Cover art submittedBland Simpson, author of
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Cover art submittedBland Simpson, author of "Two Captains from Carolina," will sign and discuss his new book at Page After Page from 5 to 7 p.m. and then at Museum of the Albemarle, 7:30 p.m., Thursday.

Bland Simpson's New Book Explores 'Two Captains'

By Robert Kelly-goss

Albemarle Life Editor

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Moses Grandy captained the waters of the Dismal Swamp Canal, and the deep blue of the Atlantic Ocean. He was a slave and then a freeman.

John Newland Maffitt navigated the great seas of the world, eventually becoming a Confederate naval commander. He was born white, and free.

Both men were sea captains from eastern North Carolina. Both men lived parallel lives, yet years apart. And both men are the subjects of Bland Simpson’s latest non-fiction novel, “Two Captains From Carolina.”

Simpson’s work is a lyrical telling of the lives of these men. It is a look into the past, detailing the dramatic turns and the heroic efforts of two vastly different men who have the sea in common.

Simpson, who is an Elizabeth City native and professor of creative writing at the University of North Carolina at Chapel Hill, will be on hand Thursday at Page After Page, 5 p.m. to 7 p.m. and then at Museum of the Albemarle, 7:30 p.m. to discuss and sign copies of a book that will carry you through the history of these two disparate lives, told by a master storyteller.

Simpson could have told the story of these two men in two different books. He could have spent page after page unveiling the hardship of Grandy, a Camden County slave who worked hard for his freedom. He could have reveled in the seafaring life of Maffitt alone, but instead chose to parallel their lives.

“It was an artistic inspiration,” says Simpson of his decision to tell their stories together. “A notion is a more direct word.”

And sometimes a great notion, if you will, results in a great work, such as “Two Captains.”

William Faulkner had used this narrative device, Simpson says. He used it with two well-known stories, “Wild Palms,” and “Old Man.” The stories themselves stand alone, yet told together they paint a more complete picture, perhaps, of a world so vastly different than our own.

Simpson had considered this book back in 2005 when spending time with friends in Carteret County. He began the journey, contemplating telling the story of a captain other than Maffitt, but turned to the Wilmington seafarer when he realized a friend and writer, Sonny Williamson, had “exhausted” the stories of Capt. Matthew Gooding.

“Their activities and their fates are different, but on one level, in a way, they change places in the sense that Grandy got out and even against phenomenal difficulty almost didn’t,” says Simpson of his narrative.

Grandy struggled to become a freeman and eventually left the South. Maffitt left the South to sail the world as a capable navigator and chart maker. But he would return to become a naval captain for the very people that would enslave Grandy.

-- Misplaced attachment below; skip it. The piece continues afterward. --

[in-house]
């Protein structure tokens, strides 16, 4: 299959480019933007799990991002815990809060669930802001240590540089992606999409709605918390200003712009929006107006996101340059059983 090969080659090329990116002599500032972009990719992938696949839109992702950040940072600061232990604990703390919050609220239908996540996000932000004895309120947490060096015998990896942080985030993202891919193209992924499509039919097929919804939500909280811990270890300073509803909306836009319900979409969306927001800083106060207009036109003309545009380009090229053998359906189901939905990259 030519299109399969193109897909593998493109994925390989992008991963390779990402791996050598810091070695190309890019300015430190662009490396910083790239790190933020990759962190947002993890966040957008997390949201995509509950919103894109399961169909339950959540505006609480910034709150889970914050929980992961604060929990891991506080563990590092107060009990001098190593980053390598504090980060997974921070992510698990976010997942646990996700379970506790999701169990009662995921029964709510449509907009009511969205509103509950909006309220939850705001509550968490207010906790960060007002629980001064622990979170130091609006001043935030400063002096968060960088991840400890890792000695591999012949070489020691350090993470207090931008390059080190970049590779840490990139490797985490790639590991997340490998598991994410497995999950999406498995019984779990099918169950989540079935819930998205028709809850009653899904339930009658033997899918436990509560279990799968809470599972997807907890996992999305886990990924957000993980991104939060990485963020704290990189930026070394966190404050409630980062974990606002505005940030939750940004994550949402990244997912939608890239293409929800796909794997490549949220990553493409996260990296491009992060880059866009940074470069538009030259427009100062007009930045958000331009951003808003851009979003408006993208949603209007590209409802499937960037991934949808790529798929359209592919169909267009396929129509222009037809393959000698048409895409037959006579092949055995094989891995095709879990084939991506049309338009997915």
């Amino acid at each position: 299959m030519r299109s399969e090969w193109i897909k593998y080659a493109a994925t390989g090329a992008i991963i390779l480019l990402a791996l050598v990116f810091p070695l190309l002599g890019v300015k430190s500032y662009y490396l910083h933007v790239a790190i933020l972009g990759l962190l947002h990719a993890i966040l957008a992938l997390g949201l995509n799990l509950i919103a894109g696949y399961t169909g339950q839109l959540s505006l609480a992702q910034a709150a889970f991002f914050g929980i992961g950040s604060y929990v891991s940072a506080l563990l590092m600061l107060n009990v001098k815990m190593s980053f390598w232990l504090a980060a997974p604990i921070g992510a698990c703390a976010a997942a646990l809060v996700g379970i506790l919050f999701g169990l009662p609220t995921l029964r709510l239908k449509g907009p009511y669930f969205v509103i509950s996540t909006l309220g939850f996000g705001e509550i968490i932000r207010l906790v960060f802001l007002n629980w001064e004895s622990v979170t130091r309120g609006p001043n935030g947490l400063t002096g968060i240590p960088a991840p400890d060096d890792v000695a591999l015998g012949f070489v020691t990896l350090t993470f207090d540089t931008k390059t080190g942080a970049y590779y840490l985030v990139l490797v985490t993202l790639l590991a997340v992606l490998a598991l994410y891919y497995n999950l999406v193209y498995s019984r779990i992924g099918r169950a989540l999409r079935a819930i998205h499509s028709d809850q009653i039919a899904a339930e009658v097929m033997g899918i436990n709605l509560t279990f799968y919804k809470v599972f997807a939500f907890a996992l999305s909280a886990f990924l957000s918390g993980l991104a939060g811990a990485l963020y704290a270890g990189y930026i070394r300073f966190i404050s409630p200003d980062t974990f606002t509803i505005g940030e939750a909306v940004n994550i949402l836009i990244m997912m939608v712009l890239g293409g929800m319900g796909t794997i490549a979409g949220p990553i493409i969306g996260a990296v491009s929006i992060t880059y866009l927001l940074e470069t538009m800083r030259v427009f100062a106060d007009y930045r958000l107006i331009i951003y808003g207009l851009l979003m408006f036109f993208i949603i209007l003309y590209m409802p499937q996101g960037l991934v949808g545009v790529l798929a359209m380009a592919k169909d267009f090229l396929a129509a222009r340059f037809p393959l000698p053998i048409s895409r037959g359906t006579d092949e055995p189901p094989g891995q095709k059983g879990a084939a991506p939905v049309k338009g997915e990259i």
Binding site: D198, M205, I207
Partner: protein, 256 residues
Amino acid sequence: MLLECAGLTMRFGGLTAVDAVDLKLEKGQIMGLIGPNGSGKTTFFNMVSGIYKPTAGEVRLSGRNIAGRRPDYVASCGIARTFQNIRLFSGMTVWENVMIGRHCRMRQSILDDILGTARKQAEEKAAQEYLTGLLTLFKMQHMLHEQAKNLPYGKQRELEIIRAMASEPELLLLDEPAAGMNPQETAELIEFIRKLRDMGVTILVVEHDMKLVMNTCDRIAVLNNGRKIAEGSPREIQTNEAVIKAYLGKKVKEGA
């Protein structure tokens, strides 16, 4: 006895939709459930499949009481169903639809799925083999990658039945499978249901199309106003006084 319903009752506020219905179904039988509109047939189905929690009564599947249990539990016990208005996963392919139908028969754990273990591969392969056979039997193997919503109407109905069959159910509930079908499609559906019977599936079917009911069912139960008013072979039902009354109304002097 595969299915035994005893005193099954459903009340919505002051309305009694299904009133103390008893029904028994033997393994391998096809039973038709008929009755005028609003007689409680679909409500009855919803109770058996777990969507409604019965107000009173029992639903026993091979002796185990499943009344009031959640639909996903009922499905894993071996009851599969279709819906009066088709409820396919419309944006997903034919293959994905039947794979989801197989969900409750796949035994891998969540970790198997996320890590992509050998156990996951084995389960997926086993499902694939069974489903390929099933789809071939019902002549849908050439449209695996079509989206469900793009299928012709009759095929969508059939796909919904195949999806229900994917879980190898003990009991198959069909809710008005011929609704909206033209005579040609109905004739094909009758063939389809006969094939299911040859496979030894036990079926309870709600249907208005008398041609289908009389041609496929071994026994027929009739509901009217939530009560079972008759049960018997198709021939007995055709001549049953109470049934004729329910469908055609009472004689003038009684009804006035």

One man leaves and another returns.

Grandy had been a slave, owned by several people in Camden and Pasquotank Counties, most notably, perhaps, was Enoch Sawyer. Grandy plied the waters of the region up to Norfolk, carrying local timber and shingles for sale in Virginia.

He was known for his acumen on the water. He was working to buy his freedom. He would have to buy his freedom three times before he left the region, his freedom in hand.

Maffitt grew up in North Carolina to become a capable, smart and appealing man, says Simpson. He would sail the world but in a time of conflict, his Southern roots would pull him back home.

“They were men of tremendous character and courage,” says Simpson. “It takes a lot of courage to face the waters whether they are interior waters or the blue seas.”

Both men, Simpson says, had a sense of purpose. And Simpson does a fine job bringing that sense of purpose to bear as he narrates in vivid detail the historical facts of their lives, yet applying creative license to better paint a picture of dramatic moments that were perhaps seared into the minds of these men, but left to capable hands to bring them to life in literary color.

Researching the details of their lives, Simpson is able to tell their stories as though you are there, with them, experiencing the pain of near hopelessness, for example, as Grandy’s bid for freedom is once again dashed.

Simpson, by way of example, points to a moment in “Two Captains” when on Christmas Eve, Grandy finds out that he’s been sold again. Grandy’s own memoir provides some details, but Simpson would have to use his own powers of observation and narrative to provide you with the details of the event that happened in Newbegunland along the Pasquotank River.

And he does in beautiful prose. He makes you believe you are there, with Grandy and Maffitt, experiencing these significant moments of their lives.

Simpson says he’s a “balladeer,” not a historian. So using historical fact he becomes the storyteller. And he tells one helluva story.